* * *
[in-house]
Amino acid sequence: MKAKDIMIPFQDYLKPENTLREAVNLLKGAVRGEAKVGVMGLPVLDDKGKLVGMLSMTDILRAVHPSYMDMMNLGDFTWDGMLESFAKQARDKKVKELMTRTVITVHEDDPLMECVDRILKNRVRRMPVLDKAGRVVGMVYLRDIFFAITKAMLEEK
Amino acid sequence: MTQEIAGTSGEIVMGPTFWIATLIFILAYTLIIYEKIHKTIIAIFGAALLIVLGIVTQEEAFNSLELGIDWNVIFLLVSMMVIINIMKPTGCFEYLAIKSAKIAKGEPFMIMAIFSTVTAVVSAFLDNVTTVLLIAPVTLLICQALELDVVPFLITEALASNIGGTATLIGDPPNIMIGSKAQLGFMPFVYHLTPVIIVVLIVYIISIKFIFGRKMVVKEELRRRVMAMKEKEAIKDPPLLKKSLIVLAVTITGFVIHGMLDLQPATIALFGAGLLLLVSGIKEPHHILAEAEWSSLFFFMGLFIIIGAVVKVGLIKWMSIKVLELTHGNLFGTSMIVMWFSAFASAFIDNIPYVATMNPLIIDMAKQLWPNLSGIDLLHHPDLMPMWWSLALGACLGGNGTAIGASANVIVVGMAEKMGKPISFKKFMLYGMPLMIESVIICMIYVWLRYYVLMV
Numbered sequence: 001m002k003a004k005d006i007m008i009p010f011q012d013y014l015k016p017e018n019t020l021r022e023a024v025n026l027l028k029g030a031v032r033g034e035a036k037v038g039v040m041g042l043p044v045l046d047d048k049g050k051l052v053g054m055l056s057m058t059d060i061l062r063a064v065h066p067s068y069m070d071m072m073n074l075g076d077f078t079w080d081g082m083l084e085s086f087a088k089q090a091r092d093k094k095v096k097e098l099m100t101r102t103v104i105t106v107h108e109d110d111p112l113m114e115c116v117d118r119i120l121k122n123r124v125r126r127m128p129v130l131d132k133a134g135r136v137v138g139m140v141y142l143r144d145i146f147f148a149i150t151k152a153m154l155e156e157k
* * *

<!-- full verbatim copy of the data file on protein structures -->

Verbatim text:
[in-house]
Amino acid sequence: MKAKDIMIPFQDYLKPENTLREAVNLLKGAVRGEAKVGVMGLPVLDDKGKLVGMLSMTDILRAVHPSYMDMMNLGDFTWDGMLESFAKQARDKKVKELMTRTVITVHEDDPLMECVDRILKNRVRRMPVLDKAGRVVGMVYLRDIFFAITKAMLEEK
Amino acid sequence: MTQEIAGTSGEIVMGPTFWIATLIFILAYTLIIYEKIHKTIIAIFGAALLIVLGIVTQEEAFNSLELGIDWNVIFLLVSMMVIINIMKPTGCFEYLAIKSAKIAKGEPFMIMAIFSTVTAVVSAFLDNVTTVLLIAPVTLLICQALELDVVPFLITEALASNIGGTATLIGDPPNIMIGSKAQLGFMPFVYHLTPVIIVVLIVYIISIKFIFGRKMVVKEELRRRVMAMKEKEAIKDPPLLKKSLIVLAVTITGFVIHGMLDLQPATIALFGAGLLLLVSGIKEPHHILAEAEWSSLFFFMGLFIIIGAVVKVGLIKWMSIKVLELTHGNLFGTSMIVMWFSAFASAFIDNIPYVATMNPLIIDMAKQLWPNLSGIDLLHHPDLMPMWWSLALGACLGGNGTAIGASANVIVVGMAEKMGKPISFKKFMLYGMPLMIESVIICMIYVWLRYYVLMV
Numbered sequence: 001m002k003a004k005d006i007m008i009p010f011q012d013y014l015k016p017e018n019t020l021r022e023a024v025n026l027l028k029g030a031v032r033g034e035a036k037v038g039v040m041g042l043p044v045l046d047d048k049g050k051l052v053g054m055l056s057m058t059d060i061l062r063a064v065h066p067s068y069m070d071m072m073n074l075g076d077f078t079w080d081g082m083l084e085s086f087a088k089q090a091r092d093k094k095v096k097e098l099m100t101r102t103v104i105t106v107h108e109d110d111p112l113m114e115c116v117d118r119i120l121k122n123r124v125r126r127m128p129v130l131d132k133a134g135r136v137v138g139m140v141y142l143r144d145i146f147f148a149i150t151k152a153m154l155e156e157k